Top 10 Velvet Underground Songs That Deserve a Revisit

The Velvet Underground is one of those bands that was somewhat ignored while in their heyday but have gone on to be deeply influential as time has passed. Fronted by Lou Reed, the group delivered four landmark albums that earned Reed the handle, “Godfather of Punk.”

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We’re highlighting the best tracks from the group’s short, yet iconic, run. Dust off your leather jacket, bust out those Doc Martens from back in the day and revisit the Velvet Underground with the songs below.

1. “The Gift”

Mixed in stereo, “The Gift” features a deadpan recitation from John Cale in one ear while a winding instrumental plays in the other. The short story, written by Reed in college, follows a teenager, Waldo Jeffers, amid a long-distance relationship. He begins to become paranoid at the space between himself and his girlfriend, Marsha Bronson, and hatches a plan to mail himself over to her. It’s just the kind of off-kilter, experimental diddy that makes this group so special.

2. “After Hours'”

“After Hours” closes their self-titled album on a tender note. Maureen Tucker takes on vocal duties for this song, on top of a simple acoustic guitar melody. While the majority of the album keeps things dark, “After Hours” is a moment of welcomed levity on the sonic front. In the lyrical one, however, Tucker sings about having to face the day, singing, Dark party bars, shiny Cadillac cars / And the people on subways and trains / Looking gray in the rain as they stand disarrayed / Oh, but people look well in the dark.

3. “White Light / White Heat”

“White Light / White Heat” opens with a bang and keeps on truckin’ for the duration—which tracks for a song about being on meth. Steeped in hazy distortion underneath a wild rattling off from Reed, listening to this one feels like being hit with a wall of sound—in the best way possible.

4. “Pale Blue Eyes”

Though you’d sooner find someone describing Reed’s lyrics as caustic than you would yearning, in “Pale Blue Eyes” he is far more the latter as he sings about desperately trying to make a relationship work. Written for his girlfriend, Shelley Albin, Reed sings, Thought of you as my mountain top Thought of you as my peak / Thought of you as everything / I’ve had but couldn’t keep.

5. “Rock & Roll”

With largely only Reed left to steer the ship, The Velvet Underground’s fourth album was a shade lighter than their prior material, veering toward something folky. “Rock & Roll” is in the vein of classic ’70s soft rock and was a staple at Reed’s live shows throughout the era.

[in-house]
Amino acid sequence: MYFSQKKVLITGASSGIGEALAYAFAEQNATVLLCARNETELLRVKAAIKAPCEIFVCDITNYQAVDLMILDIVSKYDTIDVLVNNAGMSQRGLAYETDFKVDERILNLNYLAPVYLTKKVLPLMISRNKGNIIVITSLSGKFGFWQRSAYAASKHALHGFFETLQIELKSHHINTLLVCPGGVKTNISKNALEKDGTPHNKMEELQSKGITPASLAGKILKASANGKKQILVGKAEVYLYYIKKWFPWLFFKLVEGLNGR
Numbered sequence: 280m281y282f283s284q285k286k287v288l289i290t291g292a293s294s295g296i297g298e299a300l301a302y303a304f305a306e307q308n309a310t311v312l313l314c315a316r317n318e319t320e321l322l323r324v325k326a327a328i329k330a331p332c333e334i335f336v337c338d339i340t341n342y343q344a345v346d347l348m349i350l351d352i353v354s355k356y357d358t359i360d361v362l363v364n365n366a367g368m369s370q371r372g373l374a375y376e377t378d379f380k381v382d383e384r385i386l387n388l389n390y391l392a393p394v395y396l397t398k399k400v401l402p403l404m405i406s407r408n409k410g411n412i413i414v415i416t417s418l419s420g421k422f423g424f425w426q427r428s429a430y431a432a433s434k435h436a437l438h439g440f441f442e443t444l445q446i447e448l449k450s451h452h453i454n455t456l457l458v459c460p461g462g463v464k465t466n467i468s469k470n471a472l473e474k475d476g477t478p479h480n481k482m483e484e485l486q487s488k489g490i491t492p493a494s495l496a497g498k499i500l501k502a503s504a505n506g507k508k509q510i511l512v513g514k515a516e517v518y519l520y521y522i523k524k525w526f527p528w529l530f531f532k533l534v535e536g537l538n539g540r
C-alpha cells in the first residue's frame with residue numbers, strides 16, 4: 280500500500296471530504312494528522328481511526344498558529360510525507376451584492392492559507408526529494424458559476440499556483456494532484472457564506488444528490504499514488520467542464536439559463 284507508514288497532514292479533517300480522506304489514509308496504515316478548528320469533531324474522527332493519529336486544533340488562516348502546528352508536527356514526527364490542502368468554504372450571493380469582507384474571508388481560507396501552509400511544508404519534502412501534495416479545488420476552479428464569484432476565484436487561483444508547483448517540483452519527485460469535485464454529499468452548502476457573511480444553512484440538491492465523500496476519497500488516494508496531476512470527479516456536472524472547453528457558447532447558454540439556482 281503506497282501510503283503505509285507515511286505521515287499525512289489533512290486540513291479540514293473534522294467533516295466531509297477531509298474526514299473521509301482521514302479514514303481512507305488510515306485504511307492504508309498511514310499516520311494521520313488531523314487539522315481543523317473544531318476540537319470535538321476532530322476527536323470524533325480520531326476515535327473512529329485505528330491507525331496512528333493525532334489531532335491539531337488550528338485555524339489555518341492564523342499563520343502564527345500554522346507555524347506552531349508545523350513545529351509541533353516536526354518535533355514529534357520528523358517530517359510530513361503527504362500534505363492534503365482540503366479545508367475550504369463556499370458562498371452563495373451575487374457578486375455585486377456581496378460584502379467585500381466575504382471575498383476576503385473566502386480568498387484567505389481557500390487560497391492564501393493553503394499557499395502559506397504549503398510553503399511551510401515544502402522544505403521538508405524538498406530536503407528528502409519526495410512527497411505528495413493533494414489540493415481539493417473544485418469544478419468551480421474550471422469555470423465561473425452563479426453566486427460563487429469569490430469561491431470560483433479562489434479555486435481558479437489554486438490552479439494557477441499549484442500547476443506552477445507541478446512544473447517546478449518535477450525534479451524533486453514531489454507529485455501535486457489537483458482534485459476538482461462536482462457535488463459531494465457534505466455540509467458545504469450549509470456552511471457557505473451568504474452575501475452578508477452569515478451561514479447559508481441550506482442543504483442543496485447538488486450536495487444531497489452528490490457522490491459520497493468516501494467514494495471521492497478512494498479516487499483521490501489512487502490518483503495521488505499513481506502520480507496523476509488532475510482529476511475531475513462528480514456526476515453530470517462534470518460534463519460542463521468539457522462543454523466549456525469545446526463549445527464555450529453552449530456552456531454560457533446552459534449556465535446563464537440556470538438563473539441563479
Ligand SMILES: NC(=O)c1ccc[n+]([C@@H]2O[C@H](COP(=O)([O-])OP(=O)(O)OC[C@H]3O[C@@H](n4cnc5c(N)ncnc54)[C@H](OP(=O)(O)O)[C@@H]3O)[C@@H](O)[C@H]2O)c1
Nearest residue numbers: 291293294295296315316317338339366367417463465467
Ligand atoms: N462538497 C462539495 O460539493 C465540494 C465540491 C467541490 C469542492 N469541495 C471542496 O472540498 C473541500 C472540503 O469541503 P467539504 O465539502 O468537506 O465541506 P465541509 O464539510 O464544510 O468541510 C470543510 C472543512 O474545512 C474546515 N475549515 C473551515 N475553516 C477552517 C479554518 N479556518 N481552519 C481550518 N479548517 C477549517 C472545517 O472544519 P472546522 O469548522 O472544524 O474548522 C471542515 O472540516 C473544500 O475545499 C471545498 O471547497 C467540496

6. “Sweet Jane”

From the same album, “Sweet Jane” is perhaps the most radio-friendly song ever recorded by the group. It is subsequently one of their most recognizable tunes. Like a lot of Reed’s songs, in “Sweet Jane” he tells the story of two everyday kinds of people. He sings, Some people, they like to go out dancin’ / And other peoples, they have to work, just watch me now / And there’s even some evil mothers / Well, they’re gonna tell you that everything is just dirt.

7. “Venus in Furs”

In “Venus in Furs,” Reed takes on sexual masochism in a way few of his peers were bold enough to do in 1967. He opens up about sexual fantasies singing, Kiss the boot of shiny, shiny leather / Shiny leather in the dark / Tongue of thongs, the belt that does await you / Strike, dear mistress, and cure his heart.

8. “All Tomorrow’s Parties”

Reportedly Andy Warhol’s favorite Velvet Underground song, “All Tomorrow’s Parties” features the austere contralto of Nico. The lyrics are a vignette of The Factory parties and the free-spirited artists that would be in attendance – which is probably why Warhol is so partial to it.

9. “Heroin”

Because Reed loved to take on sticky subjects, in “Heroin” he describes the effect of the drug. In an interview with Uncut, John Cale said of the song, “I don’t know if it’s about a specific person, more likely an amalgamation, but it’s a beautiful portrayal of someone at their wits’ end.” Reed sings, When I’m closin’ in on death / You can’t help me, not you guys / Or all you sweet girls with all your sweet talk / You can all go take a walk.

10. “I’m Waiting for the Man”

Circling back to heroin, “I’m Waiting for the Man” describes the experience of meeting up with a drug dealer in New York City – specifically buying $26 worth of heroin near the intersection of Lexington Avenue and 125th Street. “I’m Waiting The Man” begins the drug motif found across the album. It also remains one of the group’s most iconic offerings.

Photo: Cover of ‘The Velvet Undergound’ album, 1969.

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